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Halbig: Court Holds Clear Language of the ACA Prohibits Health Care Subsidies in Federally-Run Exchanges

Remember my post, “The Great and Powerful ACA: Are High, Inflated Premiums Hiding Behind the Curtain?” I warned of the possible consequences of Halbig v. Burwell…and it happened.

Halbig v. Burwell was decided earlier today.

The Halbig court held that the Internal Revenue Service (IRS) went too far in extending subsidies to those who buy insurance through the federally run, Healthcare.gov website.

The Halbig court ruled that the subsection of the ACA that allows high insurance premium tax credits, according to the plain language of the statute, only applies to those individuals enrolled “through an exchange established by the state.” (emphasis added). Therefore, if Halbig is upheld on en banc review by the D. C. Circuit (see below) or on appeal to the U. S. Supreme Court, residents who reside in two-thirds (or 36) of the states that did not establish state-run health care exchanges (including NC), will not benefit from the health care subsidies.

Looking at the decision through a purely objective, legal lens, I believe the federal court of appeals is correct in its ruling. I also agree that the ruling will have drastic and devastating consequences for the ACA and the people who would have benefited from the health care subsidies.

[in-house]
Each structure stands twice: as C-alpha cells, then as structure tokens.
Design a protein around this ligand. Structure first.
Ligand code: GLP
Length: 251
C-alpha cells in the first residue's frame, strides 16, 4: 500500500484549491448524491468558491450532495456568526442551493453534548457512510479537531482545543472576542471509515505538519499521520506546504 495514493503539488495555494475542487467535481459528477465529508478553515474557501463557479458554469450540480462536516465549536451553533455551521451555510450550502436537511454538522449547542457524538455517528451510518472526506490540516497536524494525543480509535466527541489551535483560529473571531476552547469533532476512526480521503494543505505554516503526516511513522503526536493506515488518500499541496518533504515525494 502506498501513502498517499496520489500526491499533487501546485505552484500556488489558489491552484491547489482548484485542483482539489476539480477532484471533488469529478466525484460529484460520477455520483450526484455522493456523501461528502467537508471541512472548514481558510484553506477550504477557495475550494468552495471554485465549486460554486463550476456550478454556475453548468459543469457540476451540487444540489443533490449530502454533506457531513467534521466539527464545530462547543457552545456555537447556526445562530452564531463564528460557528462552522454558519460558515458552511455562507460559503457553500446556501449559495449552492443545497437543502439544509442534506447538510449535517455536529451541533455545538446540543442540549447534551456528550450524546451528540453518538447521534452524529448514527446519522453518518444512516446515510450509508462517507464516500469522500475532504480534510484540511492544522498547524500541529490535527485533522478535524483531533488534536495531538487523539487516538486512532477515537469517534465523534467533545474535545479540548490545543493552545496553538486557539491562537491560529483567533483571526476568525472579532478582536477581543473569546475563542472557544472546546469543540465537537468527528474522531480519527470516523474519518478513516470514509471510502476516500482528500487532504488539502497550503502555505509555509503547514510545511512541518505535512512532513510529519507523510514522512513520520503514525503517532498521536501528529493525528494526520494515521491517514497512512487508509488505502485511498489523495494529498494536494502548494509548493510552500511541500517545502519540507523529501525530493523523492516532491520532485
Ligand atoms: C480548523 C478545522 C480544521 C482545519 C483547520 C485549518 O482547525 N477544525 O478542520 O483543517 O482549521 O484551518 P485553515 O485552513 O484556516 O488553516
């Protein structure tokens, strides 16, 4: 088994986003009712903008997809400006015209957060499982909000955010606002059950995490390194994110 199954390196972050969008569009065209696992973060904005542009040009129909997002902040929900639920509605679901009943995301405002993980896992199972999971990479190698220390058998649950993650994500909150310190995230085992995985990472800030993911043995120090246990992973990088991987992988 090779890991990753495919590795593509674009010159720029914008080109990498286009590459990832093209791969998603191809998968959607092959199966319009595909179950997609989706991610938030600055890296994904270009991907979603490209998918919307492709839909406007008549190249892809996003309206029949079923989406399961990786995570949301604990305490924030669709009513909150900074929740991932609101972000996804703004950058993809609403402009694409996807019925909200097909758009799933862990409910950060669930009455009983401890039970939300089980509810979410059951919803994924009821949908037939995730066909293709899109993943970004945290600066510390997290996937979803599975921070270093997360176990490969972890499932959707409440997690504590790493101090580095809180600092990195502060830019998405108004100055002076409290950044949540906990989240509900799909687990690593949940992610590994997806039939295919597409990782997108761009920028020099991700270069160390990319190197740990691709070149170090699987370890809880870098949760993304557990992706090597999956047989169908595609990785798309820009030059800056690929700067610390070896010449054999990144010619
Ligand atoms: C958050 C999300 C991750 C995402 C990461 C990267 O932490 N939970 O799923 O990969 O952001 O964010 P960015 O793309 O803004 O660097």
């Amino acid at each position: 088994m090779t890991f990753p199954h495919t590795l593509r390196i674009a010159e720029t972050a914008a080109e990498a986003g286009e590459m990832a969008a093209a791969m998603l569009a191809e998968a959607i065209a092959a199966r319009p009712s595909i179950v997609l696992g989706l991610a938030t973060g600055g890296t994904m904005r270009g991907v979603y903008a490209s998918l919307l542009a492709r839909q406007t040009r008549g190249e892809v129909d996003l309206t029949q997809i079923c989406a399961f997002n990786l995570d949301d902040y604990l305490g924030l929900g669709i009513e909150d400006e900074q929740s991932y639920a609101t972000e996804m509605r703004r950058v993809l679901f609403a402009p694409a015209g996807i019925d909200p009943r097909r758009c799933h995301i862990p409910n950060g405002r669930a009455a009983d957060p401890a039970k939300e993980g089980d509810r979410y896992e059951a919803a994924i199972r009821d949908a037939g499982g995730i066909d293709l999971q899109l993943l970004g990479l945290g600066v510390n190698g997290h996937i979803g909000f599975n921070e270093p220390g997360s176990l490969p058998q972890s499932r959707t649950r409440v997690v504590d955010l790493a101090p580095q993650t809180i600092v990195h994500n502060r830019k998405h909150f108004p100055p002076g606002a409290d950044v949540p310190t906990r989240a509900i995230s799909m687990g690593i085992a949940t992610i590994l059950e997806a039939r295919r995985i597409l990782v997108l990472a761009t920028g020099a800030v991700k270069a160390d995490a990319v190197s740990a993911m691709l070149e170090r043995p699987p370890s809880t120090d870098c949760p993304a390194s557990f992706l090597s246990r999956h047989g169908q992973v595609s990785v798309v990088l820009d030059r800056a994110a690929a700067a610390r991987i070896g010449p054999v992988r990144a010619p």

However, the law governing statutory construction and interpretation is clear. Statutory interpretation is the process by which courts interpret legislation.

For years, the U.S. Supreme Court has been explicit on statutory interpretation. “We begin with the familiar canon of statutory construction that the starting point for interpreting a statute is the language of the statute itself. Absent a clearly expressed legislative intention to the contrary, that language must ordinarily be regarded as conclusive.” Consumer Product Safety Commission et al. v. GTE Sylvania, Inc. et al., 447 U.S. 102 (1980).

In other words, if the words of a statute are unambiguous, then the statutory interpretation ends. The clear words of the statute must be followed.

Let me give an example of ambiguous language:

A magazine printed the following: “Rachel Ray enjoys cooking her family and her dogs.” If that were true, Rachel Ray’s family and dogs would be very upset. I am sure what the editor meant to write was “Rachel Ray enjoys cooking, her family, and her dogs.”

It is amazing how important a comma is.

The Halbig court held that the section of the ACA allowing health care subsidies only apply to those enrolled in an exchange established by the state is not ambivalent. Thus, according to statutory interpretation rules, the judicial inquiry ends.